Ben Buchwalter


On its Birthday, the NAACP Becomes Inclusive
February 12, 2009, 10:45 am
Filed under: Civil Rights, Race | Tags: , , , ,

As the NAACP, the nation’s oldest civil rights organization, celebrates its 100th birthday today, the organization’s leader signals an interesting change that speaks loudly to the shifting tone of race relations in today’s society. The NAACP will move away from addressing African American issues exclusively and focus on improving equality among all people across the world.

According to the 36-year old President Benjamin Todd Jealous,

“The No. 1 challenge we face is the lack of outrage in this country about how everyday people are treated, and so that is what I’m focused on now,” Jealous said. “We’ve practiced one formula with great success and need to continue to transform this country, not just for black people, but all people.”

In the near future, the NAACP plans to focus on health care, Darfur’s genocide, and climate change.

This is an interesting evolution, and I think a really good one. Many successful nonprofit organizations and political action committees expand once they are successful with their original mission. The NAACP has had incredible success desegregating the United States and making society safer for African Americans. Applying this organization to other American minorities and internationally oppressed populations could be extremely powerful.

But there are two major risks associated with the NAACP’s expansion.

  • The NAACP should not spread itself too thin. One of the reasons it has been so successful in the past is that it has had one mission: to advocate for racial equality using the legal system and democratic modes of opposition. If the NAACP expands its programs without expanding its base of support (financially and socially), then it risks squandering its incredible potential.
  • Also, the NAACP should not send the message that racial issues are fixed in the United States. Yes, things are much better than they were 50 years ago, even 20 years ago. But a much subtler racism remains in American cities, towns and rural communities that often manifests itself in housing discrimination, workplace inequality, and delicate daily interactions.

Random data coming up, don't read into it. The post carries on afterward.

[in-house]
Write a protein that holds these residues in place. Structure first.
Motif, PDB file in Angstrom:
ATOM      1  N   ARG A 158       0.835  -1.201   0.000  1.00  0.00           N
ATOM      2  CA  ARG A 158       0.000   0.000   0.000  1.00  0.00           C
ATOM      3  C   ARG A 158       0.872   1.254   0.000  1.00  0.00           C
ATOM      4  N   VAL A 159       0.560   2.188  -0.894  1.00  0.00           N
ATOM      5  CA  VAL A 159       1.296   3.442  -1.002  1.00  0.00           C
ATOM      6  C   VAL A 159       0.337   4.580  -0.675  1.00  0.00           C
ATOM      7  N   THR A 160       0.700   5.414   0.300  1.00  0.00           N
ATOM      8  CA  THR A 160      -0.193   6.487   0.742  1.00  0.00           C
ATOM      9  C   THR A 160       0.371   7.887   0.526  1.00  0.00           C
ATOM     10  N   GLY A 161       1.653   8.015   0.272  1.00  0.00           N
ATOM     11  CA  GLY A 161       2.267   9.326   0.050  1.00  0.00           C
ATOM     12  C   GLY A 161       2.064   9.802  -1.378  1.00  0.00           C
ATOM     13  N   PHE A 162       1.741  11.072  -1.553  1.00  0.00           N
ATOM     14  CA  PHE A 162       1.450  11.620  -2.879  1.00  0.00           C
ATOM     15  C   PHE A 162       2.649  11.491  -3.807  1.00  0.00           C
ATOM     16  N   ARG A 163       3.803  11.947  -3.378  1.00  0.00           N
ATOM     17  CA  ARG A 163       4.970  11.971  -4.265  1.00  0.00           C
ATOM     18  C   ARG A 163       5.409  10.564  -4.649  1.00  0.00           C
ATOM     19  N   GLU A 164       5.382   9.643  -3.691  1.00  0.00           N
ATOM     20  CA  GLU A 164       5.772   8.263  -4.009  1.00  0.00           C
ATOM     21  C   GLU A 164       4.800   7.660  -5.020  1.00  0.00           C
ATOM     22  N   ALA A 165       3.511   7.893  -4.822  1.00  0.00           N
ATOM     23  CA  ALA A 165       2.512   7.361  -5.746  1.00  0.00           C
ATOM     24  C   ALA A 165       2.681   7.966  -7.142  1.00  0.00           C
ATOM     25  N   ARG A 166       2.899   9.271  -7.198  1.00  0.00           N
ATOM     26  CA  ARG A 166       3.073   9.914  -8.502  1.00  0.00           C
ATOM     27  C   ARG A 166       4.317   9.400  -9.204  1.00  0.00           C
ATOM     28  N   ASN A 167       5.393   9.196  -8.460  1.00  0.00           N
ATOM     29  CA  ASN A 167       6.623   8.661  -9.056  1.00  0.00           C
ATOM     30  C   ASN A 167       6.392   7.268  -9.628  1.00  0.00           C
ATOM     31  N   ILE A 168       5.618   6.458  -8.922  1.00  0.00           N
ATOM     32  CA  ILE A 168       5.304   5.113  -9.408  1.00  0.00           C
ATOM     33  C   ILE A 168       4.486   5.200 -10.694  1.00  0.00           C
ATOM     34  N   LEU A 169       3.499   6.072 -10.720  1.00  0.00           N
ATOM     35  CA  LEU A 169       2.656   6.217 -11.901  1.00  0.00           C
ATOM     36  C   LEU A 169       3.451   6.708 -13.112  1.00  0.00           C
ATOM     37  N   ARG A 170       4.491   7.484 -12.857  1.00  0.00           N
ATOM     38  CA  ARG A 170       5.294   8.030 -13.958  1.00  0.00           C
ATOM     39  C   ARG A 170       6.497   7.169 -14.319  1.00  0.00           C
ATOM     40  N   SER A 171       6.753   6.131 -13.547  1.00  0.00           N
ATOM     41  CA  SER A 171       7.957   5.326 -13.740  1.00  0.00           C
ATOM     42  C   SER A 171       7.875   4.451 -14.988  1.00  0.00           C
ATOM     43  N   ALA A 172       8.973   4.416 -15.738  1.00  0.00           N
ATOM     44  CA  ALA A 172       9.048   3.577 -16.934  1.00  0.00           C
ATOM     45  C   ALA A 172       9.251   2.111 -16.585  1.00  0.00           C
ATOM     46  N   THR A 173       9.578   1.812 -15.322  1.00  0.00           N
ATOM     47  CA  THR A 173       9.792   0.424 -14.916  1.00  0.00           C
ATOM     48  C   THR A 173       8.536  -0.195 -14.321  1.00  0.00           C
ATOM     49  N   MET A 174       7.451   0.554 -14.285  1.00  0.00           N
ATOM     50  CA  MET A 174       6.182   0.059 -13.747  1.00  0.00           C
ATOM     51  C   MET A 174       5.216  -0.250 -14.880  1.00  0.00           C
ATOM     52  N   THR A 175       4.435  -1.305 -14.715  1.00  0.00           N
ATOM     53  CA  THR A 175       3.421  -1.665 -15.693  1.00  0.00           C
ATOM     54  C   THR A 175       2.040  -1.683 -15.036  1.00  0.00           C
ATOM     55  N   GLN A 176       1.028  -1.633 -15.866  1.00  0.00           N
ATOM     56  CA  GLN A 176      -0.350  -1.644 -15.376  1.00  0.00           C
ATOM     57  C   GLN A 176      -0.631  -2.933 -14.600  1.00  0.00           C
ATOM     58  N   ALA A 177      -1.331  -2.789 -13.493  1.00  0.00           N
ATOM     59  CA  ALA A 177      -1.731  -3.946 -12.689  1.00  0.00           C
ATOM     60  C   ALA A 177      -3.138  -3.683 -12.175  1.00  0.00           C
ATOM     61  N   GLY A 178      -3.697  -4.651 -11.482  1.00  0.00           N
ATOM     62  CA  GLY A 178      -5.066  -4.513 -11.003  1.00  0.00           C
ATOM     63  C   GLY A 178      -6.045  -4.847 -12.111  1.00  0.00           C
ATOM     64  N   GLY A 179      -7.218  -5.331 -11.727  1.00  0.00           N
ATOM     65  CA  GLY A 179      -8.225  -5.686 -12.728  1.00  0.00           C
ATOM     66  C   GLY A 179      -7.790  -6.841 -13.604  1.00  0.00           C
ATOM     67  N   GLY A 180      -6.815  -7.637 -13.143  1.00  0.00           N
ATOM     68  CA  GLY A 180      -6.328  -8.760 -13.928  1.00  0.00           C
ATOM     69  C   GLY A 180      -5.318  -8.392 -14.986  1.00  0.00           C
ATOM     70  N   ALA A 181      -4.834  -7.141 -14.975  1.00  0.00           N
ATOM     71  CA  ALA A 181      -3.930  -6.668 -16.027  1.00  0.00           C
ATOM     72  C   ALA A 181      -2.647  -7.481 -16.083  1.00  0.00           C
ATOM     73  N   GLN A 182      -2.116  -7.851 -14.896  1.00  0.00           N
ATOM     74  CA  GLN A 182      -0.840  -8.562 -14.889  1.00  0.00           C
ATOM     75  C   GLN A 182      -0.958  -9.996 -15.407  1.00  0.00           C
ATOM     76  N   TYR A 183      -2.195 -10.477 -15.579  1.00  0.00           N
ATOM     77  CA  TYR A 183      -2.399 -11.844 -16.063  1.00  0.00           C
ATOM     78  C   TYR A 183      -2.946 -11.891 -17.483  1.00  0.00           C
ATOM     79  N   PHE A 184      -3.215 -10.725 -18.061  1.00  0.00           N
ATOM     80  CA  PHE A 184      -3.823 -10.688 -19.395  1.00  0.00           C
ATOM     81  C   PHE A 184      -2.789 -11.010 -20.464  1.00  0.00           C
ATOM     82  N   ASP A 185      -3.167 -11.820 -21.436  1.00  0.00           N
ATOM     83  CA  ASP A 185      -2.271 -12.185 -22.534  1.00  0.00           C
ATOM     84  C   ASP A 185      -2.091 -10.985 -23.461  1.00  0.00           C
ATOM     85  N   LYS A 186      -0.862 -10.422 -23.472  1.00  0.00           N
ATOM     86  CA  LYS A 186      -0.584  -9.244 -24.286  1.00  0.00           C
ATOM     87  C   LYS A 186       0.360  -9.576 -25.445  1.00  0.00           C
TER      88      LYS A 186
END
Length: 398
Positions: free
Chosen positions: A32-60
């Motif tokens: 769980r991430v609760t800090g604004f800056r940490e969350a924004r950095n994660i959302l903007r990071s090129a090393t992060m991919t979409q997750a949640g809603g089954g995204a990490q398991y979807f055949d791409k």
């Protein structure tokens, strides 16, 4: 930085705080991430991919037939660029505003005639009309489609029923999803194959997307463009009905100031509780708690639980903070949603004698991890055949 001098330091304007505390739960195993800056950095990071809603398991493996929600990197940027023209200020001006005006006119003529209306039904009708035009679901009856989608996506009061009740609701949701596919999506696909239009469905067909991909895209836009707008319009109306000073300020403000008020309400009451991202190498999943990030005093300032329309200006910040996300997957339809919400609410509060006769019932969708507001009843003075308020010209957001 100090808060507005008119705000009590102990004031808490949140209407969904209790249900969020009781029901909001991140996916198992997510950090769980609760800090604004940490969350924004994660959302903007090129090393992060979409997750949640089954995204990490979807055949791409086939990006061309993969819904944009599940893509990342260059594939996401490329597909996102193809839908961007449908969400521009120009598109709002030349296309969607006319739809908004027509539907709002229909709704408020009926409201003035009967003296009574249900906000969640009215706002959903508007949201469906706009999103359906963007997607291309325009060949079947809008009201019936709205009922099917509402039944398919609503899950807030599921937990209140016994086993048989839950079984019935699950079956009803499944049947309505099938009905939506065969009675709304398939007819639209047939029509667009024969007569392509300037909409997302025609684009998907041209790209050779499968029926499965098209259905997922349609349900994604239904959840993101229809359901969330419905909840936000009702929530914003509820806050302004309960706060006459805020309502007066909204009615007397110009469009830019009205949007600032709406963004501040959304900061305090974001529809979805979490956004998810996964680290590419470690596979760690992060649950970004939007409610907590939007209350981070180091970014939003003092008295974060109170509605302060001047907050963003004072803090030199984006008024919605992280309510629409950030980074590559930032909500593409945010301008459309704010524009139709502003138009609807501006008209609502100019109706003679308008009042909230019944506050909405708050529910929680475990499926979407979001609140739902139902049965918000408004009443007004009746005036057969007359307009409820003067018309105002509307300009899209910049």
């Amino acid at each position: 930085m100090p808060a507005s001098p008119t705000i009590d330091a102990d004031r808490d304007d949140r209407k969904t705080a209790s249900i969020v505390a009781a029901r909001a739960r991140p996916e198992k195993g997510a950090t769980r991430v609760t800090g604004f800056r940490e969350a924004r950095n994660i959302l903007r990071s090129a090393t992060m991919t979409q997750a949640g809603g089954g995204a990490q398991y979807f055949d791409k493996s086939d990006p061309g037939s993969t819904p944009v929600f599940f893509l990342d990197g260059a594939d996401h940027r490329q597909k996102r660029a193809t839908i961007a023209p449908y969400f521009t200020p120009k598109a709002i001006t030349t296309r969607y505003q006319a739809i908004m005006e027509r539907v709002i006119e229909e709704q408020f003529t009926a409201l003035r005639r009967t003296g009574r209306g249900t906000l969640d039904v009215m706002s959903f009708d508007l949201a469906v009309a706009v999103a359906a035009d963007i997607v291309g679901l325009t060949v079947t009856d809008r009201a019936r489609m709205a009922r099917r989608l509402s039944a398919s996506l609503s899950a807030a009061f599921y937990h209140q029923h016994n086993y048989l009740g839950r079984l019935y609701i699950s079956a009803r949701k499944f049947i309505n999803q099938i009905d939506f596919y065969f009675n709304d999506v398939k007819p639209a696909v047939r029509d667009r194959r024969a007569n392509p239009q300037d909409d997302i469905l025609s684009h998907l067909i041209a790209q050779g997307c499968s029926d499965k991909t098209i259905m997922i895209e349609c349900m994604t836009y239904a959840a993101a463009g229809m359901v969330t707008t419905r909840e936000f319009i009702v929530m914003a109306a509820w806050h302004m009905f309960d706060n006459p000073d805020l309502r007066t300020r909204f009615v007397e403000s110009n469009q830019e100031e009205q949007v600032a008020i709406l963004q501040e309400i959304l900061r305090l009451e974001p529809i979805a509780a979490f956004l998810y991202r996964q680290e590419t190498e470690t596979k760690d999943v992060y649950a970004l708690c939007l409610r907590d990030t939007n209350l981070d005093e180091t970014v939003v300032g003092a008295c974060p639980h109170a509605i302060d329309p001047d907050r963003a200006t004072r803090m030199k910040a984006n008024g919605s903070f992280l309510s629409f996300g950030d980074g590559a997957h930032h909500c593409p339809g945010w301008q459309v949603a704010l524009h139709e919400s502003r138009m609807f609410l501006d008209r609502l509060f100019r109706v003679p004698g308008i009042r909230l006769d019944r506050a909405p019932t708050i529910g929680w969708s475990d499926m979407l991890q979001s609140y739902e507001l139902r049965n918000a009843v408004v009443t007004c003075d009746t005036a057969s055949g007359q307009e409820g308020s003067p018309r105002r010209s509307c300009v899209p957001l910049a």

The NAACP’s growth touches on a reader diary I noticed on the Daily Kos yesterday. The author suggested that we should do away with Black History month because 1) it is condescending to African Americans, and 2) It is not necessary to elevate this minority over other American minorities.

Doing away with black history month is unrealistic, unnecessary, and unproductive. But it does raise questions about why we visibly honor African Americans in February, but barely notice the months dedicated to Hispanic Americans (September 15-October 15), Asian Americans (May), and most notably, Native Americans (November). Is it anything more than collective national guilt for our history of slavery and government sponsored racism? If so, why aren’t we as repentant about our involvement in the Native American genocide?

This speaks to one major issue that lurks behind racial dialogue in the United States. Do we elevate African American history and the history of American oppression to the detriment of other major American minorities (which have not exactly had a free ride)?

Jealous’ vision for the future of the NAACP indicates that this should not be the case. And I hope that the neo-NAACP will be equally as successful as it has been in the past 100 years to help increase equality between Americans of all backgrounds.

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